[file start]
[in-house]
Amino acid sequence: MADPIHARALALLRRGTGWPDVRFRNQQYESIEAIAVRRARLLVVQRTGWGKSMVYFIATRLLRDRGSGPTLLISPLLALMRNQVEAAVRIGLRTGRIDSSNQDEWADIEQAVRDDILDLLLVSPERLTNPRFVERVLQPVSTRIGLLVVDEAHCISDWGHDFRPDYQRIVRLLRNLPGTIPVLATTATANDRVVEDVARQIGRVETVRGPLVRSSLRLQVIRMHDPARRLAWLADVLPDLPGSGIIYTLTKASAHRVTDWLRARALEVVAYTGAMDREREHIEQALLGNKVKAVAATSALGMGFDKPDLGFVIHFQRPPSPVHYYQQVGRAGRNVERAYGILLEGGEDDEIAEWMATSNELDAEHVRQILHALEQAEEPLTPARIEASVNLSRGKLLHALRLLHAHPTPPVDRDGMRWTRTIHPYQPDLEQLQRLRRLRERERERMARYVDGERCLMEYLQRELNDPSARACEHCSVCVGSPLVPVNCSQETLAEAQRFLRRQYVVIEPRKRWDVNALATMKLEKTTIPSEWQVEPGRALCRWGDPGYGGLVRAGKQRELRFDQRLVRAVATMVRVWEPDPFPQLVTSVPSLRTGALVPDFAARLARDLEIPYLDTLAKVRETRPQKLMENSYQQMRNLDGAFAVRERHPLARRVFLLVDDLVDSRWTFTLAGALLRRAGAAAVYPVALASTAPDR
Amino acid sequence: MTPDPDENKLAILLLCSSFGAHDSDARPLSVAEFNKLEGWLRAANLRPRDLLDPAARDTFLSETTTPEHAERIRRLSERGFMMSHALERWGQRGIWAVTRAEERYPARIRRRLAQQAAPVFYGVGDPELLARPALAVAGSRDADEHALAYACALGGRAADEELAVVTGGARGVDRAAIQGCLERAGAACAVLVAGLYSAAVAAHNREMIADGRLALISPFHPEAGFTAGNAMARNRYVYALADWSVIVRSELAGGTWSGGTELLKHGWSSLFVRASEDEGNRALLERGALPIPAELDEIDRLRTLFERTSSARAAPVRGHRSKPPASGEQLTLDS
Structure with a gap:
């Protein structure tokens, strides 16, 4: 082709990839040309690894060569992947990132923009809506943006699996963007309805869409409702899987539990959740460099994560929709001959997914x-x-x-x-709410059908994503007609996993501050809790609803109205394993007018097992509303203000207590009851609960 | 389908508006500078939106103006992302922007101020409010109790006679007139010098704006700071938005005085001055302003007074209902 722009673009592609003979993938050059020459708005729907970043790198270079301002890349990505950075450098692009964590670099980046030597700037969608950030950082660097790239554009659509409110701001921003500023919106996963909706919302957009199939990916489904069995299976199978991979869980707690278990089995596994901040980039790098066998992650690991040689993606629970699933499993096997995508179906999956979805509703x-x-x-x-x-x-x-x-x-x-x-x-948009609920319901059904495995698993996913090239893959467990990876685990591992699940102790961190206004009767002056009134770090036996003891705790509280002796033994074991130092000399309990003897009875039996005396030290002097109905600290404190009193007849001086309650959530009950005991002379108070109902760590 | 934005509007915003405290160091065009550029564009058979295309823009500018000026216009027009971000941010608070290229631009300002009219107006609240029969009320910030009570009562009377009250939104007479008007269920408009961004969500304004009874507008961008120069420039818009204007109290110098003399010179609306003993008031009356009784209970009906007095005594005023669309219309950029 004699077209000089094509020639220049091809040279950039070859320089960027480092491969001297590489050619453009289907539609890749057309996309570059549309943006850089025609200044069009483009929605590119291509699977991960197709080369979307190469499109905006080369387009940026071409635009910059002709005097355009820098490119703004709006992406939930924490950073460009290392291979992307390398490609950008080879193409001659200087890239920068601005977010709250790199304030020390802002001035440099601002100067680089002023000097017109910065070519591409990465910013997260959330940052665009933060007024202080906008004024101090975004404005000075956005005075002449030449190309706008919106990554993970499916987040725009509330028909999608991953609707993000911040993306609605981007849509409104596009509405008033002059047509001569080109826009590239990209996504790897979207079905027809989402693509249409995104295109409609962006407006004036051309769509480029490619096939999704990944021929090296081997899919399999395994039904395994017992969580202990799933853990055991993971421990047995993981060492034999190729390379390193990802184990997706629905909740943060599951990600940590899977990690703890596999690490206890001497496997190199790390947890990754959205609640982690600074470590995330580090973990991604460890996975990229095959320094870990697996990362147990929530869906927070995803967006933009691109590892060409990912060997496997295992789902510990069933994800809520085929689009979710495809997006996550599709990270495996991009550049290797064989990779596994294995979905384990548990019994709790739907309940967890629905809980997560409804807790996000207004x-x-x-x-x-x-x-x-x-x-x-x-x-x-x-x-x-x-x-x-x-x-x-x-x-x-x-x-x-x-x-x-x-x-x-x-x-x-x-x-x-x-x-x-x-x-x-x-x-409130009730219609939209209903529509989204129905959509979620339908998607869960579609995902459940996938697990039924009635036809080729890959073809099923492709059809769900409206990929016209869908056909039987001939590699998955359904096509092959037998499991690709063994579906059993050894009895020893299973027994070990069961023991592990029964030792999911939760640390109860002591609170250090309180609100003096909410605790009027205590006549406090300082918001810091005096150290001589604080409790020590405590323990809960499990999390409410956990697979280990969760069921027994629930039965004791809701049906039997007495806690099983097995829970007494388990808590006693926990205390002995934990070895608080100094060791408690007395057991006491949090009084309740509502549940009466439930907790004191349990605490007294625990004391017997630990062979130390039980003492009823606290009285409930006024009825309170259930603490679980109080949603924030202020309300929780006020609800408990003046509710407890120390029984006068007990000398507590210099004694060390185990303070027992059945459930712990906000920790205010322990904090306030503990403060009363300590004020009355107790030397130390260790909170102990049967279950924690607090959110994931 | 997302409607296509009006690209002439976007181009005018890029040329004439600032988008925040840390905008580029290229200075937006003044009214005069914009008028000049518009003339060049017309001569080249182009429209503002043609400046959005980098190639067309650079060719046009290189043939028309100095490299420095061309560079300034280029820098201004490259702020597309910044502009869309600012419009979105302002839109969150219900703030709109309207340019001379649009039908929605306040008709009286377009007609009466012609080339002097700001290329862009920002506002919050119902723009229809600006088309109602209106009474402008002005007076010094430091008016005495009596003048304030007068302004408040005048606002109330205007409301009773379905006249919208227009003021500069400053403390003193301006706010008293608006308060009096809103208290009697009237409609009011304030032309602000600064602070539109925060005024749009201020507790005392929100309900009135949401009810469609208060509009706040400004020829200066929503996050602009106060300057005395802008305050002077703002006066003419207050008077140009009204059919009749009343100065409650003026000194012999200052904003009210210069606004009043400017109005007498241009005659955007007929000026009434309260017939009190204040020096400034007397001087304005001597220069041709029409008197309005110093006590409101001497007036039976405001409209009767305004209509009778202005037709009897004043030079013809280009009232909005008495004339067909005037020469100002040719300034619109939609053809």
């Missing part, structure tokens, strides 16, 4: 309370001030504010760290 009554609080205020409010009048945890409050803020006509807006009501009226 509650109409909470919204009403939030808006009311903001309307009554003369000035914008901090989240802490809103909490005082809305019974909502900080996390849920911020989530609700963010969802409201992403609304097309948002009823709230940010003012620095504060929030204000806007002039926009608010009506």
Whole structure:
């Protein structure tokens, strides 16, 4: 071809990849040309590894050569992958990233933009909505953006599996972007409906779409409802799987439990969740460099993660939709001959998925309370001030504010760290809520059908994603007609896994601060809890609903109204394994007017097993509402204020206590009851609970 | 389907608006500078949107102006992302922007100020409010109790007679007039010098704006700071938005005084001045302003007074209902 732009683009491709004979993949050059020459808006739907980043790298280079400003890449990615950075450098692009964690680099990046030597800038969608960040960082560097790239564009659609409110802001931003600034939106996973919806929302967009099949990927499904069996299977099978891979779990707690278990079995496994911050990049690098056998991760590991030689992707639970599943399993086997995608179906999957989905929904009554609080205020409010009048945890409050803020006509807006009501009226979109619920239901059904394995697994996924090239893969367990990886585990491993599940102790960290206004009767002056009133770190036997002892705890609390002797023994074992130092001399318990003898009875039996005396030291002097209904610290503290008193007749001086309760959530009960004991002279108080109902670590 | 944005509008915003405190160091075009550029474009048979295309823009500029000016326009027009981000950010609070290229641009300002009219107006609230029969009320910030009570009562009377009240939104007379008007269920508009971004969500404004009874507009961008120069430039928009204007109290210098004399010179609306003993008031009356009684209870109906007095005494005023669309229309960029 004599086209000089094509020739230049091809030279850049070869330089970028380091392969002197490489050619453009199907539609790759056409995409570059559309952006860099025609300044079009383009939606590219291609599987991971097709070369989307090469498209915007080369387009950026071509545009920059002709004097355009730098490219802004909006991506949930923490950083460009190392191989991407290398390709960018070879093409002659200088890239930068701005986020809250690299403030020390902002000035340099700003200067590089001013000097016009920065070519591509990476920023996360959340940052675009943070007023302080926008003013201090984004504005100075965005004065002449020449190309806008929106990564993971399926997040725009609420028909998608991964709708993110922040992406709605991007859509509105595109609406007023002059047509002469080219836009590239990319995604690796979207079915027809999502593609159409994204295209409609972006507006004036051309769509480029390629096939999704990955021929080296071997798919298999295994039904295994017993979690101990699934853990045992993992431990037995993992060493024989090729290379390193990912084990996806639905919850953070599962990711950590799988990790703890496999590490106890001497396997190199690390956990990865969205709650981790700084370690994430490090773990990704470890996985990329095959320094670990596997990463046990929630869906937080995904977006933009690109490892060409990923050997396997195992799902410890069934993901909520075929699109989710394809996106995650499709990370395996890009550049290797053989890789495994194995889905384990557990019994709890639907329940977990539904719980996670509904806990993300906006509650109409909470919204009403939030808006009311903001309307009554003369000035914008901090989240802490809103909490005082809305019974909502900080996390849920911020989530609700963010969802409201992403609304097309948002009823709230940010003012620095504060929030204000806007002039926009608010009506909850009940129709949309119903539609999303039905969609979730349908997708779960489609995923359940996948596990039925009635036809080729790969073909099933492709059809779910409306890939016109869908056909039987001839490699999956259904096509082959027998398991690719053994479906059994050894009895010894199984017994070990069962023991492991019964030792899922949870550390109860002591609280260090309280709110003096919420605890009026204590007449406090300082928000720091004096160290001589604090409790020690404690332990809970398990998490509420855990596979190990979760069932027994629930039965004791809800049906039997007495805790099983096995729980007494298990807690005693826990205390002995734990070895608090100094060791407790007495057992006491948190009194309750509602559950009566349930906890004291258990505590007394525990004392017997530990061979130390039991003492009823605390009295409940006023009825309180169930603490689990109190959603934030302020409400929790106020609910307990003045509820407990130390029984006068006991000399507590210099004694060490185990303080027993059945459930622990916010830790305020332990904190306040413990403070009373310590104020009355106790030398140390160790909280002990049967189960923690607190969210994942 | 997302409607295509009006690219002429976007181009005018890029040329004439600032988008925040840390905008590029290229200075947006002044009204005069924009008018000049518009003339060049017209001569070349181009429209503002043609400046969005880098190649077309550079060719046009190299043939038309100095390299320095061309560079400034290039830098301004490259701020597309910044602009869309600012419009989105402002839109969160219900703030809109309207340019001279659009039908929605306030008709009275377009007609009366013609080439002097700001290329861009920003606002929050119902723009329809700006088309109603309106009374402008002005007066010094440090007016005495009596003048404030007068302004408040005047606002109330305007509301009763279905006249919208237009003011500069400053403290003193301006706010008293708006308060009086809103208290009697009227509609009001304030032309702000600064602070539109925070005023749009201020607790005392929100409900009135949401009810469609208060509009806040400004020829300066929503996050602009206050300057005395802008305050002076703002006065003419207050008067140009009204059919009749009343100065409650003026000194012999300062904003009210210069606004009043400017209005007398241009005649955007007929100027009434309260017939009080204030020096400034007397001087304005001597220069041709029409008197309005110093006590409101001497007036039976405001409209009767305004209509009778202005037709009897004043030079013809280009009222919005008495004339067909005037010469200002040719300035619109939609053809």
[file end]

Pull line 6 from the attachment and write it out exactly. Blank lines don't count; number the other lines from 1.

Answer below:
């Missing part, structure tokens, strides 16, 4: 309370001030504010760290 009554609080205020409010009048945890409050803020006509807006009501009226 509650109409909470919204009403939030808006009311903001309307009554003369000035914008901090989240802490809103909490005082809305019974909502900080996390849920911020989530609700963010969802409201992403609304097309948002009823709230940010003012620095504060929030204000806007002039926009608010009506």